Good question, and difficult to answer, as good company uses to be more important than the meal itself. If I were to choose one, I would say that it was at the Restaurant Cal Xim, sited at Sant Pau d’Ordal (Barcelona). First quality raw ingredients, extraordinary wine list (and spirits) and excellent service made that experience memorable.

 

Do you have a favourite regular restaurant?

Not really. I like to try new ones and experiment. 

 

Do you cook at home and is there a dish you have perfected?

I like to cook for friends and I use to do it quite often. They say my arròs negre (black rice made with a lot of cuttlefish ink) is really good.

 

Do you have a favourite wine bar?

Monvínic in Barcelona. Thousands of references in a cozy space served for very good wine waiters.

 

Do you have a favourite wine merchant?

None. I appreciate very much the work of all of them, as everyone is bringing a bit of their souls, regardless if they are working in a small or a big company. At the moment, I am very close with organic wines.

 

What wine are you drinking at the moment?

I use to drink Fino, Manzanilla and Amontillado quite often. That is my core team. Besides this, I use to taste anything available, especially if it is different from what I have tried before.

 

Is there a wine that totally moved you – like no other wine – a revelation and motivation for you to pursue you wine obsession?

 Just in a word, SHERRY.

 

What’s your latest wine discovery –new region, variety or style?

 “Crusted”. A typology of port wine. 

 

Tell us what is your ultimate wine bargain discovery in terms of price/quality rapport? (i.e. does not have to be cheap but over-delivers in quality for the price)

 Val de Paxariñas Capricho 2012, by Bodegas y Viñedos Gancedo, DO Bierzo (Spain)

 

Tell us about an inspirational wine and food pairing that has you have experienced recently.

Baked mackerel with garlic and butter sauce + Fino (in this case it was Fino Hidalgo because it is intense and weighty)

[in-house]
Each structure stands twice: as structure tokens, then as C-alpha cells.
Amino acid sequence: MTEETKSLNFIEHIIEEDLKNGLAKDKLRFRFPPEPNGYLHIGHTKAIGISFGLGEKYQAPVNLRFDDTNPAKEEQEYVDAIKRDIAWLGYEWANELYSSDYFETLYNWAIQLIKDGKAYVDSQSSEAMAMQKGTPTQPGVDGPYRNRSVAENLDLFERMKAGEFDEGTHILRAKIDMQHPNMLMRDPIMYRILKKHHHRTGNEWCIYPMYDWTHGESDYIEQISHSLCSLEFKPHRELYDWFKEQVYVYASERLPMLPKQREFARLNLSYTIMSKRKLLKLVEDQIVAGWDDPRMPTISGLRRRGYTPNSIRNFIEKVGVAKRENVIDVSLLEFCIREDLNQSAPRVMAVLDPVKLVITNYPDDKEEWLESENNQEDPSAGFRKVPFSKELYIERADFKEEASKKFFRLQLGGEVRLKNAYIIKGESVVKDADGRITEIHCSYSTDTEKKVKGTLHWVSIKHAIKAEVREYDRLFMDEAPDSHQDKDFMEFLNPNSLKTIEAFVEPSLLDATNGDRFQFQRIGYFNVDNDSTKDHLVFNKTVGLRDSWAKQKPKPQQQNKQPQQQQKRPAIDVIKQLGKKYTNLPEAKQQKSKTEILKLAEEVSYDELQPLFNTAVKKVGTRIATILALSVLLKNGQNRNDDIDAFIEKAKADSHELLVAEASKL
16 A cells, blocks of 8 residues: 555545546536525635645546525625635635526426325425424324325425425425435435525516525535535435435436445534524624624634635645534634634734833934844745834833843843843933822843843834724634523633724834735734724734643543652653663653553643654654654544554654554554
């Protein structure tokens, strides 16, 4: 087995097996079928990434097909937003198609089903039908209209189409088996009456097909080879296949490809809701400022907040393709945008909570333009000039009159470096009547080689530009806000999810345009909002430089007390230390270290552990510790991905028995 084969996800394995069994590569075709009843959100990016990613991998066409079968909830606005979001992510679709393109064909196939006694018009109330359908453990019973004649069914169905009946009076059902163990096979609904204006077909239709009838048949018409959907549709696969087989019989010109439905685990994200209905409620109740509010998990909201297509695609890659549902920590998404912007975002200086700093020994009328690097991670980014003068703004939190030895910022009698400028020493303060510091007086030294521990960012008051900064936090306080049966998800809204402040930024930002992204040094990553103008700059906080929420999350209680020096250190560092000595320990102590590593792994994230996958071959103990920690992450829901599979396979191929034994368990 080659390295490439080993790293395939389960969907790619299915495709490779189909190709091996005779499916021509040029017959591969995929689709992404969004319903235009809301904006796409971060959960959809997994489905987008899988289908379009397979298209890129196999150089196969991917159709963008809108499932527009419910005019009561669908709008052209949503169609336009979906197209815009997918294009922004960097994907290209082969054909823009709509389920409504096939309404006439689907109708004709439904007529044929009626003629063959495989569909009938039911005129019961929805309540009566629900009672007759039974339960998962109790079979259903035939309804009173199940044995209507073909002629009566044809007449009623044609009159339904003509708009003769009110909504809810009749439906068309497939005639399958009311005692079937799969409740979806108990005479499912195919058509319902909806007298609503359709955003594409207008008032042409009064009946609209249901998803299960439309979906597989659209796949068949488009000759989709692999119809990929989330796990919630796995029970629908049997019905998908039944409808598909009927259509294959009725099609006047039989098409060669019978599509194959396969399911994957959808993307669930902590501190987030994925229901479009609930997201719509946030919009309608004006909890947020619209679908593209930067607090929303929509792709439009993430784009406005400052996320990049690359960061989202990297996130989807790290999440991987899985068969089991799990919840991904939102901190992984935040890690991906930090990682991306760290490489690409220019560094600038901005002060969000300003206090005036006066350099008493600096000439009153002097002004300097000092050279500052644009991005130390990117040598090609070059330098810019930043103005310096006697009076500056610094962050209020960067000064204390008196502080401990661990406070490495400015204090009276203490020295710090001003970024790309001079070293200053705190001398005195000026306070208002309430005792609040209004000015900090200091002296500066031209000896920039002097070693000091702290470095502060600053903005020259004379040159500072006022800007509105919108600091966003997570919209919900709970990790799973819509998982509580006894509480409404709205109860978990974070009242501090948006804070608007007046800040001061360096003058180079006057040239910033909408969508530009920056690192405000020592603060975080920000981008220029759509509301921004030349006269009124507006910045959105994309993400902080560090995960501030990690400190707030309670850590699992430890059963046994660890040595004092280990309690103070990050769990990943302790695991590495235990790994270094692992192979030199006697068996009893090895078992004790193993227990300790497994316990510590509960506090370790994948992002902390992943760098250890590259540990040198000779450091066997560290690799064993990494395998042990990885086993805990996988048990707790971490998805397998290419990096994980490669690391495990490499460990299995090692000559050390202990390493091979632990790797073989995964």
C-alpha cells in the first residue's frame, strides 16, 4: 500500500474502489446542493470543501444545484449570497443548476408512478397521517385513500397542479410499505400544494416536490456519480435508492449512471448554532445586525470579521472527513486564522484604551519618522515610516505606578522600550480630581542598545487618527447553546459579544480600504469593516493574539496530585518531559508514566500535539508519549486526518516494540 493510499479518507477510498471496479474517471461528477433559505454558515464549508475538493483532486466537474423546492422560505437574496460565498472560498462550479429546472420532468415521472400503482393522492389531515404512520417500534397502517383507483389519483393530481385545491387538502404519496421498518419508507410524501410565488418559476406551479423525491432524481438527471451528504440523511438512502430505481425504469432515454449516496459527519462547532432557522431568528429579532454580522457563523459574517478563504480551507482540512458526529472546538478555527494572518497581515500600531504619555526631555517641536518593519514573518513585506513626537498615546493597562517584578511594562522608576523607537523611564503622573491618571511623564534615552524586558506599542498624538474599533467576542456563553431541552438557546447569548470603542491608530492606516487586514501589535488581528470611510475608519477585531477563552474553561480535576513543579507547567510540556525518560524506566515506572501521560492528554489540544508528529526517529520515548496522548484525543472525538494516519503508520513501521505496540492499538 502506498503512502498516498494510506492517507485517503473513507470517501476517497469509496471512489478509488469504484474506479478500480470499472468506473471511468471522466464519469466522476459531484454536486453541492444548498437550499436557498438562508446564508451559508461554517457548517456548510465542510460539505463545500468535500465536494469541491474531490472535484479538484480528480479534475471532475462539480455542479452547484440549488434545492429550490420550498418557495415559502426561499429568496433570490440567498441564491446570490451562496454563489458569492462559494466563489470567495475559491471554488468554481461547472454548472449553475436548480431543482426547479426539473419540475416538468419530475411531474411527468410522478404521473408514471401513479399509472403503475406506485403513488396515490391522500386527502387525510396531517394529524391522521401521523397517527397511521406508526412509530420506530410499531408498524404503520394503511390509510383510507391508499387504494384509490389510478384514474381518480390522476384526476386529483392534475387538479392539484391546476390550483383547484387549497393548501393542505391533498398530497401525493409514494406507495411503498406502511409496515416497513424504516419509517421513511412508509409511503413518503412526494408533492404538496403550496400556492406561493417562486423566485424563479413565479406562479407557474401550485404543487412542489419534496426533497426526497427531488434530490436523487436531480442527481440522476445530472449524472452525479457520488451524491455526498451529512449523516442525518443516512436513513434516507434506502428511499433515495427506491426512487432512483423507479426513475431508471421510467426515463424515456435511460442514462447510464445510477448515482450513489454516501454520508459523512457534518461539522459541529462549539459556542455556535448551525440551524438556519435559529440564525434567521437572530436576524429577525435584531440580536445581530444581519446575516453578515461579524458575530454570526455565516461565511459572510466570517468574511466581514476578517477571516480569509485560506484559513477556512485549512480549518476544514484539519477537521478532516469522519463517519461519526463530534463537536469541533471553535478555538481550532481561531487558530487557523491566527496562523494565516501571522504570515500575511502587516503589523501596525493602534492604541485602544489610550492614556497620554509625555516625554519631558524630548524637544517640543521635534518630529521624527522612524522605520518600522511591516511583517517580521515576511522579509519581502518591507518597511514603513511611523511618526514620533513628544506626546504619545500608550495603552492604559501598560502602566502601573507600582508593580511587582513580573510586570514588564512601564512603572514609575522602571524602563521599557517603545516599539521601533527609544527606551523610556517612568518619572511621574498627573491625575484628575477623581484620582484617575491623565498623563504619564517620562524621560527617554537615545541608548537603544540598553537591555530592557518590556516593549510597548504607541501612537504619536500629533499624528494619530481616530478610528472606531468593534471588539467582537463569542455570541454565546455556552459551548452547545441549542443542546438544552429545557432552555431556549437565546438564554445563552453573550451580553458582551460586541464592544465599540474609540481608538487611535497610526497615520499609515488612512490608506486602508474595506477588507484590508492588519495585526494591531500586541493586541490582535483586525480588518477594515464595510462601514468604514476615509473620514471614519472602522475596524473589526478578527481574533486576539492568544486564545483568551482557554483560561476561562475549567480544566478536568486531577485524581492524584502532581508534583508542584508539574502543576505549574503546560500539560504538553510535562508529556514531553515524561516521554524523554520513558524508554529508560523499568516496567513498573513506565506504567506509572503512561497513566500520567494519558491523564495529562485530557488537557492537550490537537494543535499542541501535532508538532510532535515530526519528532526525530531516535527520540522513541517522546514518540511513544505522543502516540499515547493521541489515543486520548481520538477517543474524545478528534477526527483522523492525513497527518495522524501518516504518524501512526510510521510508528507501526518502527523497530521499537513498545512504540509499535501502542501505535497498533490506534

What is the most enthralling wine region you have been to in terms of dramatic scenery, inspiring vineyards and good eating?

DO Montilla-Moriles (Spain). A fantastic destiny to get into the fortified Spanish wines while visiting the legacy left by Muslims and Christians. Poetry, people, sun, ancient culture, wine, food… What else could I say?

 

Select a six pack of wines that you think are absolutely outstanding and inspirational, and that will set people on a journey of vinous discovery and enlightenment.

Colosía Palo Cortado, a very old wine –more than 50 years old- produced by Gutiérrez Colosía at Puerto de Santa María (DO Jerez-Xérès-Sherry, Spain)

El Maestro Sierra Oloroso VORS –about 60 years of average age- produced by El Maestro Sierra (DO Jerez-Xérès-Sherry, Spain)

Don PX Ginés Liébana 1910 (an outstanding and never-ending PX “produced” by Toro Albalá (DO Montilla-Moriles, Spain)

Mas Llunes Garnatxa de l’Empordà Solera 2002 (an astonishing sweet wine made with the “solera” system, by Mas Llunes winery, DO Empordà, Spain)

Ónra ViDePedra Solera (a delightful sweet wine made in tiny quantities by Lagravera winery, DO Costers del Segre, Spain)

Caligo Essència (a sweet wine, produced by DG Viticultors at the DO Penedès, Spain, that made me cry)

 



By Curtis Marsh | The Sommelier's Palate | Related to: , , |